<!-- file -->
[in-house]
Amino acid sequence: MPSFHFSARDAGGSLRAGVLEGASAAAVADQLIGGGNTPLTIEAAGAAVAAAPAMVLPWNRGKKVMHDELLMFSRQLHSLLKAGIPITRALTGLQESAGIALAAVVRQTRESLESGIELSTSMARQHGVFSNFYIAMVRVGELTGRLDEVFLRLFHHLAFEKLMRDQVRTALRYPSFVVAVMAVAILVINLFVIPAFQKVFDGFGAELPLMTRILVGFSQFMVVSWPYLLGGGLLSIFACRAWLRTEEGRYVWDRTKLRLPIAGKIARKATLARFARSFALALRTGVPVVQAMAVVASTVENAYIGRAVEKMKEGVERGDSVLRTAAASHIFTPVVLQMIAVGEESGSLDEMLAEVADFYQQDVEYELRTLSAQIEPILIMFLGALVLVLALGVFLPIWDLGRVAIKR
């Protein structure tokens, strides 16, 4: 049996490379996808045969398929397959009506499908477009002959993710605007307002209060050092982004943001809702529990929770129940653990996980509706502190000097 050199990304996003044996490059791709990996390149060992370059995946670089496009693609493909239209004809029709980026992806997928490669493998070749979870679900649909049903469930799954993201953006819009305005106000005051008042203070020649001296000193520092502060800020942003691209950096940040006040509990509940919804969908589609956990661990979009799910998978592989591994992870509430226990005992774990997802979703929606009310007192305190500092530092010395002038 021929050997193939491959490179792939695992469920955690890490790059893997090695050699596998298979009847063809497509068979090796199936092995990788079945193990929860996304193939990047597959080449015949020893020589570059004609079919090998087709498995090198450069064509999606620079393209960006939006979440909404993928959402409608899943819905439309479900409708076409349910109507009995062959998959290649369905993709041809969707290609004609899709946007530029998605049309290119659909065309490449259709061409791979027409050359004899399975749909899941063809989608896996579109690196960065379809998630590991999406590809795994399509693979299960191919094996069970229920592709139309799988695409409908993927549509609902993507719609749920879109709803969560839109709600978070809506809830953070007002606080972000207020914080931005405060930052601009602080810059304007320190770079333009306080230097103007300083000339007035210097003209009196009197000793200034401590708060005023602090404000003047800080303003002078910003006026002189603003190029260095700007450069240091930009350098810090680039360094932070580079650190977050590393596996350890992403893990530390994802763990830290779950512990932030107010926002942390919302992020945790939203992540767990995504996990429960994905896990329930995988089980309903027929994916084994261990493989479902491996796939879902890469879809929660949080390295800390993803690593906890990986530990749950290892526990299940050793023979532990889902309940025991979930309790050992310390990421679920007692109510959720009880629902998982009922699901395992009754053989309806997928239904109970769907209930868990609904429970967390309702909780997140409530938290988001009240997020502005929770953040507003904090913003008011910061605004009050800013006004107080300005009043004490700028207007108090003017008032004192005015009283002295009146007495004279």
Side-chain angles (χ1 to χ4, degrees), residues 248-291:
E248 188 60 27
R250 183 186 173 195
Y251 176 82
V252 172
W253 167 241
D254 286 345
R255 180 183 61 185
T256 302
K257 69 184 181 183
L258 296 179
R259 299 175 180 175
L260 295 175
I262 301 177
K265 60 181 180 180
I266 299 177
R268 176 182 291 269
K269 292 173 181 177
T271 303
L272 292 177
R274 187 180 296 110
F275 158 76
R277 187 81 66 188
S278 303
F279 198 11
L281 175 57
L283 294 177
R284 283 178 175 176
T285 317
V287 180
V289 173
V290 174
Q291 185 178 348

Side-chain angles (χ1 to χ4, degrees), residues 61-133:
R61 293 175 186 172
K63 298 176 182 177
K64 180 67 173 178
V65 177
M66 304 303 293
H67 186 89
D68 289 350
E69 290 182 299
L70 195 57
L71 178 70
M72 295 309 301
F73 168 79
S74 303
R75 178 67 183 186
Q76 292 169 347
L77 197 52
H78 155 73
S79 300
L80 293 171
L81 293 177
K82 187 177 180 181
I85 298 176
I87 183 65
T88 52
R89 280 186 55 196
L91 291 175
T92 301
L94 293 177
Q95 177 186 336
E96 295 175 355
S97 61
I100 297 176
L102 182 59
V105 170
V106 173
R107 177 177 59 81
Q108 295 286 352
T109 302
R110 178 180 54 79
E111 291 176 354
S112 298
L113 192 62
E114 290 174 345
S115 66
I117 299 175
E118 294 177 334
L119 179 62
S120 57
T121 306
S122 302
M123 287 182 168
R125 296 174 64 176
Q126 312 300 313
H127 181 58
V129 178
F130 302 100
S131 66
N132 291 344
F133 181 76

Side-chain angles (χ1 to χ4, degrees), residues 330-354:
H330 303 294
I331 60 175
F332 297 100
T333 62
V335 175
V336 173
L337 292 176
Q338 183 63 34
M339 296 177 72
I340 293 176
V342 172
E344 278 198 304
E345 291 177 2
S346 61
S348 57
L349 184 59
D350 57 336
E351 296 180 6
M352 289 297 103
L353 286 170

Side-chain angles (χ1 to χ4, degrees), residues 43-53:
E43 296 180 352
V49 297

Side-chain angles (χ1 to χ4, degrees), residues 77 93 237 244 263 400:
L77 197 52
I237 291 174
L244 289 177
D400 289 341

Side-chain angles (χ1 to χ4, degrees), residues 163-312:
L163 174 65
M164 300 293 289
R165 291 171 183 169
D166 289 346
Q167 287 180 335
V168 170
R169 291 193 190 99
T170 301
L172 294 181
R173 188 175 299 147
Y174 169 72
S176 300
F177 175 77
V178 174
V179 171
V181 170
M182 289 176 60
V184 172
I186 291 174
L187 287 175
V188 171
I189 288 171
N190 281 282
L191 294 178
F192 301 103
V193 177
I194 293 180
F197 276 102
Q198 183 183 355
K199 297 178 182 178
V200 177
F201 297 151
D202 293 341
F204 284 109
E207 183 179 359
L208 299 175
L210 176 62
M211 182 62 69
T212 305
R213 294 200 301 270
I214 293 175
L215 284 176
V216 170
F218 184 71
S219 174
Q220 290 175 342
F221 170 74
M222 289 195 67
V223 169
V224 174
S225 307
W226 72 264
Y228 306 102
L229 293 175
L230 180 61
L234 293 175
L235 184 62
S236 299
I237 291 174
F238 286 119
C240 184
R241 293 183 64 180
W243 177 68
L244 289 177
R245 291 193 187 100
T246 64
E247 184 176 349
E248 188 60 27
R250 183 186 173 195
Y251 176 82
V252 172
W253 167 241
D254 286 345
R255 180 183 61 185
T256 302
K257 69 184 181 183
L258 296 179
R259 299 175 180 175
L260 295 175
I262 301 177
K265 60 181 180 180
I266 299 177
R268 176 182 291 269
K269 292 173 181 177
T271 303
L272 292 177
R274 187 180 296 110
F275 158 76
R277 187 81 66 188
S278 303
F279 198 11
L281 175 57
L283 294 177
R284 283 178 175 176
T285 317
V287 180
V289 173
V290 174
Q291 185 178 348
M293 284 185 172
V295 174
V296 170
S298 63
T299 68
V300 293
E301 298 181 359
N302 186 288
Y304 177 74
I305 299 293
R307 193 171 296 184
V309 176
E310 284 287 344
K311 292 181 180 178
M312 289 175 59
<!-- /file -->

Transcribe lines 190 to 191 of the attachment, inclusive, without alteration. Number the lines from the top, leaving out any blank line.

L244 289 177
R245 291 193 187 100